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Nation's economic future lies in enhancing core competencies

While the government of Taiwan continues to stress the importance of liberating the domestic business environment and establishing extensive trade relations with other countries, we must not forget that the key to Taiwan's economic competitiveness lies in beefing up local industries' core competencies.

Taiwan had a disappointing economic performance last year. The economic growth forecast in 2013 was recently adjusted to 1.74 percent, substantially lower than the original forecast of 4.58 percent. Export growth in the fourth quarter was forecast at -2.03 percent, down from an initial 2.78 percent outlook. The unemployment rate was pegged at 4.15 percent in November, which is higher than the rates in Singapore, Hong Kong and South Korea.

To pull Taiwan out of its economic quagmire, the government of Taiwan promoted the ideas that further economic integration in the global community and liberating the domestic business environment are keys to rescuing Taiwan's economy. More specifically, it has said that Taiwan needs to sign free trade agreements (FTA) with more countries to further economic integration, and the launch of the free economic pilot zone project will serve to liberate the business environment.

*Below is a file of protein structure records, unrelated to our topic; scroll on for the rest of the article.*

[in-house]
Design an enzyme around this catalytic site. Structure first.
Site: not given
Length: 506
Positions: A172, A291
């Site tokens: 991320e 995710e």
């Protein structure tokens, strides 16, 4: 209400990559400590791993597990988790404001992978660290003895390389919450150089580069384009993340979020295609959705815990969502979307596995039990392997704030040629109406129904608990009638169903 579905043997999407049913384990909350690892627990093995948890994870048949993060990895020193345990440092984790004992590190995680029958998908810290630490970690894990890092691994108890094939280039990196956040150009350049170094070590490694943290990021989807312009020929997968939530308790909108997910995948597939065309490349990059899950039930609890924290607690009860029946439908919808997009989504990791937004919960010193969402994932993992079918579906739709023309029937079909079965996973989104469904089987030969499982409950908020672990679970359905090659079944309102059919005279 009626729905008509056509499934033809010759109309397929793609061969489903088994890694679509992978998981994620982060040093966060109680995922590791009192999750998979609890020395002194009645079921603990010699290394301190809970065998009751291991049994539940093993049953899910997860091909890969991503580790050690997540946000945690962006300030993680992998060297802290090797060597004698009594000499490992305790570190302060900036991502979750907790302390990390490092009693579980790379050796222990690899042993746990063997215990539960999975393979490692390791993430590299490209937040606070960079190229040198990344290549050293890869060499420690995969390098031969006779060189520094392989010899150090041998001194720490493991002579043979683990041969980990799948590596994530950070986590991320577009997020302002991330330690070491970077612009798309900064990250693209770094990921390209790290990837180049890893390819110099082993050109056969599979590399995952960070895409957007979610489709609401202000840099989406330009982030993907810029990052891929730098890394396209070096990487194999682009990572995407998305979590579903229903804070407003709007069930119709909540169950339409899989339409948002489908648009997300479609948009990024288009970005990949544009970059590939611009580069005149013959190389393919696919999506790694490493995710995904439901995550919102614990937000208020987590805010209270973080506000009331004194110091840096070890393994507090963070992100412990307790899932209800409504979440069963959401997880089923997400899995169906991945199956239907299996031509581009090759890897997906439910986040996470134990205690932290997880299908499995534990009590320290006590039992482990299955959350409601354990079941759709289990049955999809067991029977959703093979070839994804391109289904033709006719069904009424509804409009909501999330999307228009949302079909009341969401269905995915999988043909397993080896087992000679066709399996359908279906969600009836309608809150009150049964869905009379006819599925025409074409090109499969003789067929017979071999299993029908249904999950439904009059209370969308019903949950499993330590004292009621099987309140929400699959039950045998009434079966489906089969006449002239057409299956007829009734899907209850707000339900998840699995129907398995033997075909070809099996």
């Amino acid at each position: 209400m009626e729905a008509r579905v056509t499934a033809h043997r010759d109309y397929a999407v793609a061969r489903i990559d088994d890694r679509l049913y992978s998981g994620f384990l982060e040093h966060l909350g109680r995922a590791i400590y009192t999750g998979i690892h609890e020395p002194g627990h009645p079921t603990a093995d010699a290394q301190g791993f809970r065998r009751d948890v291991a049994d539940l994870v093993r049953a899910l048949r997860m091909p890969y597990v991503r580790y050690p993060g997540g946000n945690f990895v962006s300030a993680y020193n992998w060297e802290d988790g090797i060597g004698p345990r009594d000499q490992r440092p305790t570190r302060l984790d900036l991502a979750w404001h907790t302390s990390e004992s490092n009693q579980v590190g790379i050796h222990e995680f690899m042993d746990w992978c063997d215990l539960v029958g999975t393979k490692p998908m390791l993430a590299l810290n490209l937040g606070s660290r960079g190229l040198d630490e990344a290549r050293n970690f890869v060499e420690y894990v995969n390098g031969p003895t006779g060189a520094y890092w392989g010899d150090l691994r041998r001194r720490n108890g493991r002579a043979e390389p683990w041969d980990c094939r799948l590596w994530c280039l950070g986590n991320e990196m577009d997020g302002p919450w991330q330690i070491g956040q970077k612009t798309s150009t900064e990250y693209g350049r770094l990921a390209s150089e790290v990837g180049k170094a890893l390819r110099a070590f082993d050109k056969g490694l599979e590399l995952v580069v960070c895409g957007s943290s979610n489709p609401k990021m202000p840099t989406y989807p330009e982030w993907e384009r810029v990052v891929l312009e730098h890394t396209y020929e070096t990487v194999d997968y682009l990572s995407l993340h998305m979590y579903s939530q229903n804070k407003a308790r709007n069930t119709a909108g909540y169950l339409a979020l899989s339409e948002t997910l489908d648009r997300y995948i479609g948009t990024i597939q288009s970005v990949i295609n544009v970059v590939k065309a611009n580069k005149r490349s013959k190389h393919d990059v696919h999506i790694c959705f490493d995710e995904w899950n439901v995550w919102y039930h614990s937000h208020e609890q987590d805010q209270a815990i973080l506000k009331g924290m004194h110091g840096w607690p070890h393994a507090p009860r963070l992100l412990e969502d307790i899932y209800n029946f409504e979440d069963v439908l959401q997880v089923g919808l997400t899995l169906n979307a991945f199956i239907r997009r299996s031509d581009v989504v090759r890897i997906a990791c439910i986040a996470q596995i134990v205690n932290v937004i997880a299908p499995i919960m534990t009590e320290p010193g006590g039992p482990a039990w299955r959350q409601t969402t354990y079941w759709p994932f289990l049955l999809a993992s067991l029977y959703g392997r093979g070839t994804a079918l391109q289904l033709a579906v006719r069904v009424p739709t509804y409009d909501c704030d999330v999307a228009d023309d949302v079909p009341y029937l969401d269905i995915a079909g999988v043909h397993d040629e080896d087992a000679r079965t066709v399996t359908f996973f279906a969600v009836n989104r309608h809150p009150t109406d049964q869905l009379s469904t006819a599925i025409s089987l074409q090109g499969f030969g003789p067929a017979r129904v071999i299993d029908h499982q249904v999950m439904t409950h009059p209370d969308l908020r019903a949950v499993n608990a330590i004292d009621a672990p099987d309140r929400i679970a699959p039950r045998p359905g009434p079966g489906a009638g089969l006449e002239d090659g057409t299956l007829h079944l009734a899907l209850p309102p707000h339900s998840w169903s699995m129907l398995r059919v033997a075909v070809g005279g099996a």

The rationale behind all this is simple: Exports account for over 65 percent of Taiwan's GDP. As an export-oriented country, Taiwan relies much on strong trade performance to boost its economy. While it is important that Taiwan signs FTAs with its trade partners to establish terms to makebusiness with Taiwan more beneficial, it is also important to enhance the core competency of local industries.

This theory is not only true for Taiwan, but for other countries as well, as reflected in fiscal policies rolled out by the U.S. and Japan.

After the 2008 financial crisis, the U.S. Fed has been applying quantitative easing (QE) measures to stimulate its domestic economy. The government kept printing money and threw in US$85 billion every month to purchase financial assets from commercial banks and other private institutions. This expansionary monetary policy has so far helped boost the U.S. economy.

Japan has been taking a similar route. Abenomics, launched by Prime Minister Shinzo Abe, is characterized by “the three arrows,” with the first arrow representing unprecedented aggressive monetary easing to target 2-percent real GDP growth. The Bank of Japan printed a lot of money to support the local economy.

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